Consumers and producers both want more video content. Viewers are dying to see another season of Game of Thrones, up-to-the-minute clips from the home team's game, or a film from the Twilight saga. Content producers are motivated to create more programming in order to capture the hearts, minds, and wallets of viewers and brands. As a result, we've recently seen producers pump up the content. This past year, Netflix promised to double content production and Amazon committed to tripling the number of its original shows. Industry watchers believe the uptick will continue, predicting that by 2017, output could reach more than 500 scripted shows.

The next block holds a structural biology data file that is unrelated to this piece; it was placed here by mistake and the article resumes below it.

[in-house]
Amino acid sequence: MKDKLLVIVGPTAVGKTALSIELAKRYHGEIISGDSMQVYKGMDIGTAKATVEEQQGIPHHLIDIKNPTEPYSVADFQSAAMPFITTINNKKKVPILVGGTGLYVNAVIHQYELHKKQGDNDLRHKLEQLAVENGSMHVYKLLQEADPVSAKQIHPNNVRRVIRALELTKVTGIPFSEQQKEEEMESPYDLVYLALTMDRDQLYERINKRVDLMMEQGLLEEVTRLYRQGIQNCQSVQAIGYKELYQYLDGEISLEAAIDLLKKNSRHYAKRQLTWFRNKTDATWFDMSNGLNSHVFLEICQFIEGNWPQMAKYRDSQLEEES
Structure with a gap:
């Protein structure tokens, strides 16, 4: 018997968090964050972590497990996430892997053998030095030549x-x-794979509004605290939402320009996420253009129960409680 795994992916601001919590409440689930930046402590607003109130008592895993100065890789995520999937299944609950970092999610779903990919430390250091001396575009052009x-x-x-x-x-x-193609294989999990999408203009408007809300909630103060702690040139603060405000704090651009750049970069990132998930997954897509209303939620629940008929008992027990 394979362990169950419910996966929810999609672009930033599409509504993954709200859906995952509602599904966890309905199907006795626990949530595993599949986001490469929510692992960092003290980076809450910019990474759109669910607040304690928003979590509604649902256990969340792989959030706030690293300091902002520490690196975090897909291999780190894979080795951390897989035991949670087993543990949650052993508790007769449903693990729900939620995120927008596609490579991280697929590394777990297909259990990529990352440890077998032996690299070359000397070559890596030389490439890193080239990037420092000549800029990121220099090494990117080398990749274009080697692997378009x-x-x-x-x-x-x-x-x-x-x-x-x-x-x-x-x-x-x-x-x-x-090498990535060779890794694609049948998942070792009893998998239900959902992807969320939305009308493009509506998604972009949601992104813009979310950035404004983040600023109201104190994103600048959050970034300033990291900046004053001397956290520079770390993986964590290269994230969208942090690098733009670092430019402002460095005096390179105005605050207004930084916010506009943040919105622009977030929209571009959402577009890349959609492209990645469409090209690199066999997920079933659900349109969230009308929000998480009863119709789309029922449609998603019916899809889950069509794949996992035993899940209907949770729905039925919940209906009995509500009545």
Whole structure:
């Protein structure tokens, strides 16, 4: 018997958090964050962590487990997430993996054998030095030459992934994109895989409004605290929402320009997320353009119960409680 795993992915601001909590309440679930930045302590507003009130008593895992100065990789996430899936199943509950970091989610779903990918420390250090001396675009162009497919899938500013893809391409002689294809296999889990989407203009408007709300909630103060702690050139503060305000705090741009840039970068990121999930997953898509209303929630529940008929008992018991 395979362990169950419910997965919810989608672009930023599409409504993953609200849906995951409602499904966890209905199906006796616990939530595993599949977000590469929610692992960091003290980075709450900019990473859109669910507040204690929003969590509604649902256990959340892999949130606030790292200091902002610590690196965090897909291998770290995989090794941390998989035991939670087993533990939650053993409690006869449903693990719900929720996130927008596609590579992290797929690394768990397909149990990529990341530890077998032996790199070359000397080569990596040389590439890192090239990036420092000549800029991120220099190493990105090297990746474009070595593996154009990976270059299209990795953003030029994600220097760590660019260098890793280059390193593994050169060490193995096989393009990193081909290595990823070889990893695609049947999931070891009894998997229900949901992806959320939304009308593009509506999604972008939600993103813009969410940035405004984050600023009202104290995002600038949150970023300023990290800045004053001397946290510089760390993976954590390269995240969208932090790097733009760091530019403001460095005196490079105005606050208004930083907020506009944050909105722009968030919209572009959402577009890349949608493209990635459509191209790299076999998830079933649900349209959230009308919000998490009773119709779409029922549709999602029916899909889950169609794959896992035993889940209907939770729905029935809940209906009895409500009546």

While it's exciting to be part of a growth industry, in reality it's neither easy nor straightforward for content producers, broadcasters or VOD service providers to keep pace with viewers' and advertisers' increasing demand for video. In fact, some are saying that this massive increase in programming—coined "peak" TV—is unsustainable and that producers may simply run out of resources and bandwidth. There's some truth to that. In today's video ecosystem, content producers are taxed not simply with producing great shows but also with competing for ever more scarce talent—such as writers, actors and crew members. These challenges are compounded by that fact that content must meet the needs of different delivery platforms, devices, syndicate partners, regional variations, technical standards, and more—often without budget increases. Organizations across the entire industry are struggling to meet this challenge, and few are sure where to turn for solutions.